Potholes: Q3 Commentary

Potholes: Q3 Commentary
Sarah Bomhoff, CFA, CIPM
October 18, 2023
Quarterly Commentary

There are very few places in the US where potholes are such a part of the “charm” of living in a city.  They have a life of their own here in New Orleans. These beasts can eat your tires, if not your entire car, alive. Is a puddle just a puddle or is it 4 inches deep? Hard to say.

Potholes come to mind when I think of last quarter. It began with focus on smooth roads. Those smooth conditions haven’t changed dramatically. Economic growth remains robust. Consumer spending continues stronger than expected. Employment remains at one of the highest levels in history, yet inflation seems to be moving down toward longer term expectations.

The market perhaps got a little too hopeful about avoiding the standard economic impact of high interest rates. It priced in interest rates cuts toward the end of this year and across 2024. The hope of the “soft-landing” built in momentum.

Then potholes started slowing things down. The United Auto Workers strike, the threat of a government shutdown, higher oil prices, geopolitical concerns, and the anticipated resumption of student loan repayments made the landscape look a lot more like driving down a New Orleans side street than cruising the Autobahn. In September, the Federal reserve paused on an additional interest rate hike but the “higher for longer” rhetoric by Chairman Powell was enough to rattle the market.

As a result, the MSCI ACWI net Total Return Index lost -3.40% in the 3rd quarter. The S&P 500 Total Return Index lost -3.27%. Both remain positive year to date with the MSCI ACWI up 10.6% and the S&P 500 up 13.07% year-to-date through the end of September.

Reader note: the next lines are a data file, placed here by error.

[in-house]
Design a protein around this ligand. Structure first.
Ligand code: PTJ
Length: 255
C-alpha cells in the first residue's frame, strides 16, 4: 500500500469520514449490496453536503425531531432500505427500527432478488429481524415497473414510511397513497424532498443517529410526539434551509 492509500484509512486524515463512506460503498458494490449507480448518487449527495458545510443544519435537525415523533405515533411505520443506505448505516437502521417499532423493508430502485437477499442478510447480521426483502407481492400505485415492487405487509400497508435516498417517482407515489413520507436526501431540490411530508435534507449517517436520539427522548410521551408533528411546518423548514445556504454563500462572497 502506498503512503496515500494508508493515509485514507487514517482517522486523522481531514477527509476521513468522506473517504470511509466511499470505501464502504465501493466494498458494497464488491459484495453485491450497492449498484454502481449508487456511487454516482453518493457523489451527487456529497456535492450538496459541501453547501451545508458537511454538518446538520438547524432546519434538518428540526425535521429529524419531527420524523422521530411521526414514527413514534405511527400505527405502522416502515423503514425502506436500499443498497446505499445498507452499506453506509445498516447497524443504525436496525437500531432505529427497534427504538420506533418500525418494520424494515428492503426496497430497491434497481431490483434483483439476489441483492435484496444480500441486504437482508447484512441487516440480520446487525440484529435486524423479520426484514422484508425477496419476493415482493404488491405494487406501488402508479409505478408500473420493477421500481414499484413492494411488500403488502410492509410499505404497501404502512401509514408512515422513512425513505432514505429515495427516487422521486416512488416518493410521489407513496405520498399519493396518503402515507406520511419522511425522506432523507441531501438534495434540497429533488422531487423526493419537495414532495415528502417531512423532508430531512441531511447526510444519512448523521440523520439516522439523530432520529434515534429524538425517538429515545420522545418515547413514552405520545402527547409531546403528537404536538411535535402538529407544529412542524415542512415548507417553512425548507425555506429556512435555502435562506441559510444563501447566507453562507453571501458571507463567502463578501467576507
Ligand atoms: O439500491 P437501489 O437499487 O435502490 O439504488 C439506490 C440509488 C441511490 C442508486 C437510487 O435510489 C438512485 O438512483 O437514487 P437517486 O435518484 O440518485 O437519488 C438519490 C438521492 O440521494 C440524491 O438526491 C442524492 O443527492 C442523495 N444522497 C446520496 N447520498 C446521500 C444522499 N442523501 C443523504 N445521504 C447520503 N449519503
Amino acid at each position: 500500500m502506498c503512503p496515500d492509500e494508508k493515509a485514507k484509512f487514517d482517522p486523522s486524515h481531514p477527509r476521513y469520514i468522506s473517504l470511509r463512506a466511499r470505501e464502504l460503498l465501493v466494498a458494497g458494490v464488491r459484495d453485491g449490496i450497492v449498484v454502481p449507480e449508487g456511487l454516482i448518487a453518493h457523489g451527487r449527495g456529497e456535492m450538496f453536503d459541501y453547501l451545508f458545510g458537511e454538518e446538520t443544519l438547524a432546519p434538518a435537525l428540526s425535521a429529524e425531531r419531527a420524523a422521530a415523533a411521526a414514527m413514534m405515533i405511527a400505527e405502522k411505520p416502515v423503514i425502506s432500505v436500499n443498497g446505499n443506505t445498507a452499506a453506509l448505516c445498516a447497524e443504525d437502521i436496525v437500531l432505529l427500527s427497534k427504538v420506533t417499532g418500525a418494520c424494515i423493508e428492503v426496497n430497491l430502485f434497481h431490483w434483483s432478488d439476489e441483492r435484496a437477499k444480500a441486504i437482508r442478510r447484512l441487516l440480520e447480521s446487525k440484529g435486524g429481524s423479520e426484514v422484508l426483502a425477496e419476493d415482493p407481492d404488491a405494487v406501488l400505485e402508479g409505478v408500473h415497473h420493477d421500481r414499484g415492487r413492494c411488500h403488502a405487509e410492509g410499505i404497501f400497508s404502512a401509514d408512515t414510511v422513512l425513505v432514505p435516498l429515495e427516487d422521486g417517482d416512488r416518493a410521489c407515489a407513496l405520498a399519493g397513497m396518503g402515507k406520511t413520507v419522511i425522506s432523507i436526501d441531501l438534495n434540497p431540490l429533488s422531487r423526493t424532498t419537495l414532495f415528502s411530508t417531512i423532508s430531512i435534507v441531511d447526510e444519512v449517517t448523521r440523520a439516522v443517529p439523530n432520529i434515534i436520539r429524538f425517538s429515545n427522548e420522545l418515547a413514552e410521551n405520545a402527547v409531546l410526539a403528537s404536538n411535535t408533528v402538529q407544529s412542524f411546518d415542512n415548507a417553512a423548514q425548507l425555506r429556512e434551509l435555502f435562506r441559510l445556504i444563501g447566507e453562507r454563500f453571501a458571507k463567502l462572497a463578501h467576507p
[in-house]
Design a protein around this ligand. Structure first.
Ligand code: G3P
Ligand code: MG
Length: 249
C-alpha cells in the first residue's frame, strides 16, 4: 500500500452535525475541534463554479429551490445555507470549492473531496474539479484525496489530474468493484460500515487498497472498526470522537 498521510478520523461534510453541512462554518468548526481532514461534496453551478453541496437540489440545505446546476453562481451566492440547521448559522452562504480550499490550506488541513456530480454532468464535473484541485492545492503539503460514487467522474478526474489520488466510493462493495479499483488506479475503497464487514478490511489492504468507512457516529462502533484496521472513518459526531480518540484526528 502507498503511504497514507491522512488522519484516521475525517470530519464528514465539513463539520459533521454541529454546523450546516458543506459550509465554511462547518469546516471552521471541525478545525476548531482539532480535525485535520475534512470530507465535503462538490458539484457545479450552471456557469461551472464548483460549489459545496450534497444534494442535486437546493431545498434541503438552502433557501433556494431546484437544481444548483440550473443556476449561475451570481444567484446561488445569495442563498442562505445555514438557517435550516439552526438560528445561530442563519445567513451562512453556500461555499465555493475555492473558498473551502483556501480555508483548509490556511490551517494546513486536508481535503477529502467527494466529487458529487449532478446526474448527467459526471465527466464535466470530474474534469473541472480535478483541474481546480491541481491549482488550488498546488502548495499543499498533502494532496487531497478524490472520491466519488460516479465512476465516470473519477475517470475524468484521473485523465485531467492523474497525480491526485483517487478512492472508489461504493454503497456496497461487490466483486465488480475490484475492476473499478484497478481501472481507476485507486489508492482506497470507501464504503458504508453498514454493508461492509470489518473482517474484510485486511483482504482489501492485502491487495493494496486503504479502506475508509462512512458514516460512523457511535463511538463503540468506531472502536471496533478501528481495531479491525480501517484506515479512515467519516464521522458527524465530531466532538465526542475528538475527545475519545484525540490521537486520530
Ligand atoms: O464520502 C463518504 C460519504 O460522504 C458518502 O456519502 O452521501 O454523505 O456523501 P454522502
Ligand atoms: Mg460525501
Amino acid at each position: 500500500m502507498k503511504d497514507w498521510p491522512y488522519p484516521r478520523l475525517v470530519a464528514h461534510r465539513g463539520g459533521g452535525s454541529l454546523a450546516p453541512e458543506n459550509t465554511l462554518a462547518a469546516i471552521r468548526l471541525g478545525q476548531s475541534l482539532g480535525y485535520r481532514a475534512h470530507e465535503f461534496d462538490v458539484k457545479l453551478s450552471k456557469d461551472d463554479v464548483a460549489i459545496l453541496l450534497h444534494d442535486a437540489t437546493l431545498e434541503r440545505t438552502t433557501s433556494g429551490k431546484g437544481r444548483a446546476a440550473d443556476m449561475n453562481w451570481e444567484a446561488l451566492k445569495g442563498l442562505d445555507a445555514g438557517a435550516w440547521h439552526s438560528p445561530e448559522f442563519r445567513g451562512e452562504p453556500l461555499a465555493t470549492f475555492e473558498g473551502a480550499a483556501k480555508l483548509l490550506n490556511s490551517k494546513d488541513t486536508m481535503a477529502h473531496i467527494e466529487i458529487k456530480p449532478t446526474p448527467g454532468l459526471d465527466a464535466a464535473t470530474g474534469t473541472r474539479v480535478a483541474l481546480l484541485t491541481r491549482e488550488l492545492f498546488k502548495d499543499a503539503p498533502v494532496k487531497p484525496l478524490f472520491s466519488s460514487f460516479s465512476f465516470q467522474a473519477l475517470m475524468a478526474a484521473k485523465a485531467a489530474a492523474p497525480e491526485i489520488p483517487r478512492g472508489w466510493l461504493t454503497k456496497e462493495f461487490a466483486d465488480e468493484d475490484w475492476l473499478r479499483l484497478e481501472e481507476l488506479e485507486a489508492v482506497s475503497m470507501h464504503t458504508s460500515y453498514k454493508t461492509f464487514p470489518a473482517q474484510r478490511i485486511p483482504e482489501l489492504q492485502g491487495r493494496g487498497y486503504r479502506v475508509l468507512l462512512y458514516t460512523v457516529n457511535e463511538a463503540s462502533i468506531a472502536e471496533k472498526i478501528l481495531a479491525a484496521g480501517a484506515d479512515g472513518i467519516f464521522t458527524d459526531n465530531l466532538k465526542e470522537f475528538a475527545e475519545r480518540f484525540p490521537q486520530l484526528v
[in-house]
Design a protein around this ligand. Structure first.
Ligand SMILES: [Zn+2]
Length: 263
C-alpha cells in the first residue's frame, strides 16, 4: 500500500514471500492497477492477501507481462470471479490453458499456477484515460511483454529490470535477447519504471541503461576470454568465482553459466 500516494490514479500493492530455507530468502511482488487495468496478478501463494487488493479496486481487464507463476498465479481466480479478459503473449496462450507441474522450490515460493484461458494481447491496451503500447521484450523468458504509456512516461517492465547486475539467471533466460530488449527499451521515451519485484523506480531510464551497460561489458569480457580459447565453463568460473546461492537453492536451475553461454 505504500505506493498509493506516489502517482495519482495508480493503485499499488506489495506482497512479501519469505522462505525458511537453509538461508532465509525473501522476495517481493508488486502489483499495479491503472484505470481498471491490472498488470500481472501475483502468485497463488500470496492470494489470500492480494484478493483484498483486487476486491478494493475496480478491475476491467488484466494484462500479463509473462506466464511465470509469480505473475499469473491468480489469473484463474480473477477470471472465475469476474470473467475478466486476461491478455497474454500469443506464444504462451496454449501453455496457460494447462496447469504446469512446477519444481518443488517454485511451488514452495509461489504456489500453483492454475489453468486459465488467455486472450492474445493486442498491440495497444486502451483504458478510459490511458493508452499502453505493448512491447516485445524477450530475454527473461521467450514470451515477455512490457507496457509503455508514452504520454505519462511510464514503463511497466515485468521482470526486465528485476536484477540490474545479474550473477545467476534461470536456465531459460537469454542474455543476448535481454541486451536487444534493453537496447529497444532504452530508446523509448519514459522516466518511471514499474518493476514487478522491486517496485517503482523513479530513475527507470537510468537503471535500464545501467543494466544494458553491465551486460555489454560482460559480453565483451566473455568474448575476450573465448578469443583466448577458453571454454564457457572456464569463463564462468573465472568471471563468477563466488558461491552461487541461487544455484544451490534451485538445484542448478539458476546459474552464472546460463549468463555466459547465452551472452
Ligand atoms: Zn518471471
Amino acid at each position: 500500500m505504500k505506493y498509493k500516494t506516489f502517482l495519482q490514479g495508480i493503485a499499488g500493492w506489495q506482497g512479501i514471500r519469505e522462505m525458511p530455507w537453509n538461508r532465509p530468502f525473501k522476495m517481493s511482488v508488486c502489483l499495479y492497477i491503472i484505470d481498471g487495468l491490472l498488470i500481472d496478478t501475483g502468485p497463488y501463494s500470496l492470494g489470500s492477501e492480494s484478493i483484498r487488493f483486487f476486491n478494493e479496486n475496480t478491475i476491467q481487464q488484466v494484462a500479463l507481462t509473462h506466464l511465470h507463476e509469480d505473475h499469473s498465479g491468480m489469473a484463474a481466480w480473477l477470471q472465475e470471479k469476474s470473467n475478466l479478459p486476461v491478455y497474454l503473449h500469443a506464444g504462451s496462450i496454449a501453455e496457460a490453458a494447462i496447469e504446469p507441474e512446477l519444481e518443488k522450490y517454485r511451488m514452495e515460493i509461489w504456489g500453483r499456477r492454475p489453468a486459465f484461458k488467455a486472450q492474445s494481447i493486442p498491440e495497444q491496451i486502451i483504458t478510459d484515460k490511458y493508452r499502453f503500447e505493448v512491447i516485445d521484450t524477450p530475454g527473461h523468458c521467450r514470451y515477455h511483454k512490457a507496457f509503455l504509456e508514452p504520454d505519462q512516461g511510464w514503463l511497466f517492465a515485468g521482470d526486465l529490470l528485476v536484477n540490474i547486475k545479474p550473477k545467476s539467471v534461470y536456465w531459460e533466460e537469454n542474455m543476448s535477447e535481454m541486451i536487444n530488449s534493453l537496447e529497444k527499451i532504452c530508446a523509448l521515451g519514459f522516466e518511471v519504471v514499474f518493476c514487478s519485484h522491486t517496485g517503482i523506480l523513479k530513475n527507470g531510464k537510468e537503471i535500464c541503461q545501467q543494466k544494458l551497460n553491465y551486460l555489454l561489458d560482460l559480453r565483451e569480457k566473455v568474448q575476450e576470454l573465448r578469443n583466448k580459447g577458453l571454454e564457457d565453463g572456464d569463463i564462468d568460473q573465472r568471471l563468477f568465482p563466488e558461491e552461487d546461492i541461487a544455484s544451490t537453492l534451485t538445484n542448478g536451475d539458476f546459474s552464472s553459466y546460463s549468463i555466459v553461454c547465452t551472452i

Despite the pause in interest rate hikes, the Bloomberg US Aggregate Bond Index lost -3.23% over the quarter, giving up any gains and falling into slightly negative territory year-to-date as longer dated bonds repriced to expectations of high rates for longer.  Bond holders also seem to be demanding additional premiums to hold US Treasuries as the debt ceiling standoff, the continued concern over a government shutdown, and US Debt downgrade by Fitch weighs on investors.

The road looks a bit more difficult than it looked a few months ago. Just as we expect the potholes in New Orleans, these difficulties are not unexpected for this stage in the economic cycle. For the short-term investor, please keep us up to date with your expected needs. For the long-term investor, we will look for opportunities as we move through the cycle.

While there is not much worse than hitting an unexpected pothole at top speed, there is one part of the pothole culture in New Orleans that gives me hope. It warms my heart when I’m alerted to a pothole because a kind soul has marked it, or even better, decorated it in a way that makes me smile. It’s a little reminder that my neighbor is looking out for me. As the potholes emerge in the market, I hope you know we are looking out for you too.  

The S&P 500 Index is a market capitalization-weighted stock index. It is comprised of about 500 stocks of the largest capitalization companies that are traded on U.S. stock exchanges. The MSCI ACWI Net Index measures the performance of large and mid-cap companies across 23 Developed Markets and 27 Emerging Markets. The MSCI ACWI® Net Index subtracts foreign taxes applicable to US citizens. The Bloomberg US Aggregate Bond Index measures the return of investment grade debt across the US market. Both measure the return assuming that interest, capital gains, and dividends are reinvested.

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Potholes: Q3 Commentary

Sarah leads our investment committee to shape our investment choices and manages our portfolios.